Knowing Vanessa is a big liar, is she telling the truth when she tells Boyle and Cardwell she has cleared missing the flight to London yesterday with Avery Wheeler? In all of Vanessa’s statements, from whether she still loves Hutch, to wanting Hutch as a business partner, to her comments to Mr. Steen in Amsterdam and her knowledge Hutch likes his eggs, scrambled, medium, what is the truth and what isn’t? And does Vanessa even know any more?

Does Vanessa inadvertently sign her death warrant when she makes her pathetic attempt to reconnect, control, and manipulate Hutch? If she’d gone it alone, would she still be alive, even if caught? Wheeler’s goons are very upset when they discovered she’s with a cop. “Take a look at this sucker,” they say with undisguised admiration when seeing Hutch’s .357 Magnum. And then use it to kill her.

Compare and contrast Vanessa and Starsky’s plan to get really, really rich. Vanessa’s plan involves a fake diamond. Starsky’s plan involves a fake chinchilla. Both lose through lack of research.

See how Starsky races to Hutch at breakneck speed, sirens blaring, up over the hood, up the stairs – only to slow down, pause, and then touch the back of Hutch’s neck in silent acknowledgment of his pain. He then slowly and deliberately pours a glass of brandy. “Drink it,” he says. Hutch obeys. And then seems to breathe for the first time since finding her body.

Inside joke: It looks like the name scrawled on the bottom of Hutch’s arrest warrant could be “R.C. Whatshisname”

Simonetti is a boor, all around. He goads Hutch at the initial interview. He makes a lewd comment about Vanessa’s corpse. He gives confidential information to Dr. Morgan as a brag. He crudely goads Hutch in front of Dobey and Starsky. He has an icky voice. He orders Dryden around.

How would the case with Internal Affairs have gone differently if Hutch hadn’t gone into the initial meeting with Simonetti and Dryden seemingly intent on not cooperating? It has already been established they don’t have a history with each other. Dobey has to explain to Starsky and Hutch who Simonetti and Dryden are. And Dryden has to read Hutch’s file to understand who he is. What if Hutch had been more cooperative? Less combative? Given a proper statement rather than reacting so angrily? He storms out in the middle of the interview with an aggressive challenge. He may be distraught, but he is also a professional, and smarter than that. Simonetti and Dryden may be buffoons, but could Hutch have played this better?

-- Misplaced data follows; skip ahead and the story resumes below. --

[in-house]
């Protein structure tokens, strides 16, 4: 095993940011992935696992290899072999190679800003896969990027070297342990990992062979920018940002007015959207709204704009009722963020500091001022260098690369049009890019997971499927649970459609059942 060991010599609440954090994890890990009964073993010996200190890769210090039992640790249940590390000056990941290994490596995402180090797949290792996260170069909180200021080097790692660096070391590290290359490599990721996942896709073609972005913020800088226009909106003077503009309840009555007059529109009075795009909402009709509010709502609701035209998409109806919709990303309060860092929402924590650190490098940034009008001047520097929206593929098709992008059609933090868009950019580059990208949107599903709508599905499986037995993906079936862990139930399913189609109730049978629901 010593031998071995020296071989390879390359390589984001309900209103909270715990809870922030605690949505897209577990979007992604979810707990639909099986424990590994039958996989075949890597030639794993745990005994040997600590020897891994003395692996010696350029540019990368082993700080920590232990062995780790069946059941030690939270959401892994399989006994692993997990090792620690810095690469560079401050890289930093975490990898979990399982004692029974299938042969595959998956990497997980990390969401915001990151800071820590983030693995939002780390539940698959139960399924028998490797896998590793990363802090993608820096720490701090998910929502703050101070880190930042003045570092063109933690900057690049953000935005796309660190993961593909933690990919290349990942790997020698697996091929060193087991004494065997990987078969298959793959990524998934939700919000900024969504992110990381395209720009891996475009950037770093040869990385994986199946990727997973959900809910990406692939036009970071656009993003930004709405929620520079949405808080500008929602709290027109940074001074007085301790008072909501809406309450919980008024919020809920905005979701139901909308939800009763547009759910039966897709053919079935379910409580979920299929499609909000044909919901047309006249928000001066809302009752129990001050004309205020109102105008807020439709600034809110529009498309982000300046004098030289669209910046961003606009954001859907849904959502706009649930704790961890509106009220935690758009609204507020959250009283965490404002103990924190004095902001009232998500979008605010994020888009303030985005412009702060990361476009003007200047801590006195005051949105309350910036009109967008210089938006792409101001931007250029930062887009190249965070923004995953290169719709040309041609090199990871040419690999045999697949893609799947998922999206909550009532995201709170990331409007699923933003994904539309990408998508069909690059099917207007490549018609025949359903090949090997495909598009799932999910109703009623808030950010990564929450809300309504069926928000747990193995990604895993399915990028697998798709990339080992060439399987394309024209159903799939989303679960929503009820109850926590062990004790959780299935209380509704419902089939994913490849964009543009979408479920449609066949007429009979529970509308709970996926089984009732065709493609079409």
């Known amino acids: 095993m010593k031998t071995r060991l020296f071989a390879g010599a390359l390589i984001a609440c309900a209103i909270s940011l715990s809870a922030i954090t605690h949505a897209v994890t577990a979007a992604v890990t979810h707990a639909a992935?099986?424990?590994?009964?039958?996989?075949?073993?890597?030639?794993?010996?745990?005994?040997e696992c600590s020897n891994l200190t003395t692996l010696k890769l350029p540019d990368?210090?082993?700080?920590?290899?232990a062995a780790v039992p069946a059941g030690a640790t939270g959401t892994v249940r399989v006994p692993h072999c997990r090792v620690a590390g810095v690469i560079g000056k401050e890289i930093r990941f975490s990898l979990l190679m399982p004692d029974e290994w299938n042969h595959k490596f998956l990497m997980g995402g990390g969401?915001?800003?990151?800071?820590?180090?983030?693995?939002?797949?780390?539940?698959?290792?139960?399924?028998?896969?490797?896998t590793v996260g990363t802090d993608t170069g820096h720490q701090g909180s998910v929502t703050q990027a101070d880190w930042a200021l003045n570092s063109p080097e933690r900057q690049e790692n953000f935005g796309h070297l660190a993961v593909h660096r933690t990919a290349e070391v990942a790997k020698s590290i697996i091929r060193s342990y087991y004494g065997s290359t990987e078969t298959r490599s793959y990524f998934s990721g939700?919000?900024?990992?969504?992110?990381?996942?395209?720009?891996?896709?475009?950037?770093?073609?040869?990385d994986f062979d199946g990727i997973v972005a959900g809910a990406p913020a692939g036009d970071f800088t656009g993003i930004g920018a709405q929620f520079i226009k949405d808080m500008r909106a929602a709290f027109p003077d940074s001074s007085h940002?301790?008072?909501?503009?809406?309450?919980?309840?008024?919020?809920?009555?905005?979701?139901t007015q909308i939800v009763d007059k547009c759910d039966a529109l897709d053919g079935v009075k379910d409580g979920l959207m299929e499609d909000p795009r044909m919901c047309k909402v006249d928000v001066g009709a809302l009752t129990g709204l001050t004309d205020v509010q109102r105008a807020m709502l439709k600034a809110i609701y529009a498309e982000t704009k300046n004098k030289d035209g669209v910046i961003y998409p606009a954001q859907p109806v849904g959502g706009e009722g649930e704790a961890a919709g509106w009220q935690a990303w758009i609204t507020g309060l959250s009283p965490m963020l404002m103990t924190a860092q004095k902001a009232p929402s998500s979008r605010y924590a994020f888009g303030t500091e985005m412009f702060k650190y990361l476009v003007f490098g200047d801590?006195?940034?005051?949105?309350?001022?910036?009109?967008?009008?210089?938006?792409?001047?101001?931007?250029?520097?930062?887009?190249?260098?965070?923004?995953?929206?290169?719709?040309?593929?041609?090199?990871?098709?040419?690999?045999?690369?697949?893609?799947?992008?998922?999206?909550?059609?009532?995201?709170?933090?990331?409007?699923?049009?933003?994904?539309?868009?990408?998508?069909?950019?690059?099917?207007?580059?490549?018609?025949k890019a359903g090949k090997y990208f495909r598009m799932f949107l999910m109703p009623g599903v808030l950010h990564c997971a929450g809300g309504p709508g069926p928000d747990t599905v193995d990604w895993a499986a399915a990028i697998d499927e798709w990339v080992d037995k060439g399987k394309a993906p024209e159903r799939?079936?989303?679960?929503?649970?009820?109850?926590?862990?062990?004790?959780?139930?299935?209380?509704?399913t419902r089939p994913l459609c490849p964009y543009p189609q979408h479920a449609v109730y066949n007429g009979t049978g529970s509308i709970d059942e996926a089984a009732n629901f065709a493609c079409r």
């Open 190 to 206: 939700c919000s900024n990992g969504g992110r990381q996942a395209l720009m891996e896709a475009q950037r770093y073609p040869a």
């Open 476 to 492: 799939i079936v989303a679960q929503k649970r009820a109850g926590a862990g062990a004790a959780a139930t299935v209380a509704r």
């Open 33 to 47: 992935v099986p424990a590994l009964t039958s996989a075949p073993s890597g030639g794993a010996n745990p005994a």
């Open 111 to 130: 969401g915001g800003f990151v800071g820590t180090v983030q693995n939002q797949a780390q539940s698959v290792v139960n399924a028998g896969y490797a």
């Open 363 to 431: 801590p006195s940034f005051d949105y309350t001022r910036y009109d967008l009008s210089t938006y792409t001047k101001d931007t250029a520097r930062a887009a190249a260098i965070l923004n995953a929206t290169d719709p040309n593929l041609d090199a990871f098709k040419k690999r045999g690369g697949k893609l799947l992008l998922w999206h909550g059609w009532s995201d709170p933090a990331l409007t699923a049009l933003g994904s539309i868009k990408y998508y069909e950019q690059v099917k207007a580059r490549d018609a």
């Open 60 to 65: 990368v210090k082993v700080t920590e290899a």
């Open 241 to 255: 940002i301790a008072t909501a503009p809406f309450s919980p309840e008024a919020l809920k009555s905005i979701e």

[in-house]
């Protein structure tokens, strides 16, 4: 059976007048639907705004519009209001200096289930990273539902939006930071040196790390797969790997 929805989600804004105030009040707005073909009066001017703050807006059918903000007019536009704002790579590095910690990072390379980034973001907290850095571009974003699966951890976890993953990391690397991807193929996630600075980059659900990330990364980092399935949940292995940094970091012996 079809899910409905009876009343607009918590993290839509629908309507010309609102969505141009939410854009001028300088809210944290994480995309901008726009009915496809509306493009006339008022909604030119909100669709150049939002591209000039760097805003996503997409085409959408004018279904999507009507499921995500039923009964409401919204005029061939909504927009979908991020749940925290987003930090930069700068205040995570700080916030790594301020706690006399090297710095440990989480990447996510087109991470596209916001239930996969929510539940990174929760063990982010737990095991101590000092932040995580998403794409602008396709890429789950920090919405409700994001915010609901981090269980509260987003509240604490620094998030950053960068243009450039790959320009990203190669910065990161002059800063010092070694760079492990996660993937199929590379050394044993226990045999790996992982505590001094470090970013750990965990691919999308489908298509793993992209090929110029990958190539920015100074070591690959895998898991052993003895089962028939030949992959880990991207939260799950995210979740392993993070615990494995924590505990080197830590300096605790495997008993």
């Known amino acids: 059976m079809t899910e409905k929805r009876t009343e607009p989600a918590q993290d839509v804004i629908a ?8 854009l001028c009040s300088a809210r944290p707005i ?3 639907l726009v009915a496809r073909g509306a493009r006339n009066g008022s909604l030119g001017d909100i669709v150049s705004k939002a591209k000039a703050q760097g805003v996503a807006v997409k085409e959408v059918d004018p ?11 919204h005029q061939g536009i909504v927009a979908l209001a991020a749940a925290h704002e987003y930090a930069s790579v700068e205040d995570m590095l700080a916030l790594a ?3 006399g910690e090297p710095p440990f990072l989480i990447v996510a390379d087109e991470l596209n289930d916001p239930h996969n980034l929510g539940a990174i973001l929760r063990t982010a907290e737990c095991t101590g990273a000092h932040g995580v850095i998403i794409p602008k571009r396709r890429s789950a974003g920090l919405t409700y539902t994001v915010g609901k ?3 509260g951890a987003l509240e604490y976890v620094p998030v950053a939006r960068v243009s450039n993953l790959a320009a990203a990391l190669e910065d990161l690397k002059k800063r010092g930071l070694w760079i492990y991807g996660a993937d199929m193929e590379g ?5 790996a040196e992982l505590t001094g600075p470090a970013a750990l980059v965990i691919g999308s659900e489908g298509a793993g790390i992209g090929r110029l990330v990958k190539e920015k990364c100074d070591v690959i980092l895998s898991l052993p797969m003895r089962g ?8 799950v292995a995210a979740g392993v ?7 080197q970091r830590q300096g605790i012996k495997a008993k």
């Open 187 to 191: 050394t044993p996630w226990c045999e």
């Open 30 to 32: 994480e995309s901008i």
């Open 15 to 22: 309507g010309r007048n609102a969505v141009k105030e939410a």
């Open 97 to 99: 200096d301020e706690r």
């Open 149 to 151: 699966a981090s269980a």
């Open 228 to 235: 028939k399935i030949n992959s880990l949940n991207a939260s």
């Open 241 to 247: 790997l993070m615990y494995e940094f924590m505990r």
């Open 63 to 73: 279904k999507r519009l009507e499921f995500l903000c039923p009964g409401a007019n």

After Hutch’s initial interview with Internal Affairs, how aware is he of how the case is stacking up against him? He knows it looks bad with his gun, his living room and his ex-wife. He probably remembers the fight at The Pits. He may or may not remember Vanessa’s scratch across his hand. But he definitely doesn’t know about the diamond. Keep in mind, Hutch has been around the block a time or two and knows most combative ex-spouses don’t need a million dollar diamond as motive, only a physical altercation and anger gone way too far. In fact, the case against him – the one Starsky so passionately refutes – is actually pretty solid. They’re not railroading him, as much as Starsky wants to believe they are.

Is Starsky ever disciplined for slugging Simonetti? Are Starsky and Hutch ever disciplined for cuffing Dryden to the table, handling his gun, disobeying an arrest warrant from the County of Los Angeles and fleeing? Should they have been? If they weren’t, what kept them from accruing some pretty heavy charges? And also, do Simonetti and Dryden keep their jobs? They are never heard from again.

Whenever Starsky wants to humiliate someone, he compares them to women. He calls Simonetti and Dryden (amusingly) “Laverne and Shirley”, asks if the diamond they find in Hutch’s car is their “engagement stone” and dismisses them as “girls”. When he’s demeaning Huggy for his imagined cowardice (although Huggy is being particularly brave, drawing fire from the bad guys) he calls him “grandma”.

What is Starsky doing the hours Hutch is lying, knocked out, in his apartment? We don’t see him checking Vanessa’s flight record, talking to any snitches, investigating the diamond’s path, talking to the Lab about the lack of gunpowder residue on Hutch’s hand or doing anything police-like. Or does he do all this off-camera?

Dobey reminds of Starsky being in the hospital while Hutch was on a case alone. Which case was this, and do these times stick in Starsky and Hutch’s minds?

What are the odds of Hutch being involved in a diamond theft that will eventually involve his ex-wife? Which brings up the uncomfortable possibility that Vanessa, as mule for the stolen property, has targeted him, knowing he would be immediately suspected by the police if something happened. This would make Vanessa seriously psychopathic. Or is all this just a weird coincidence?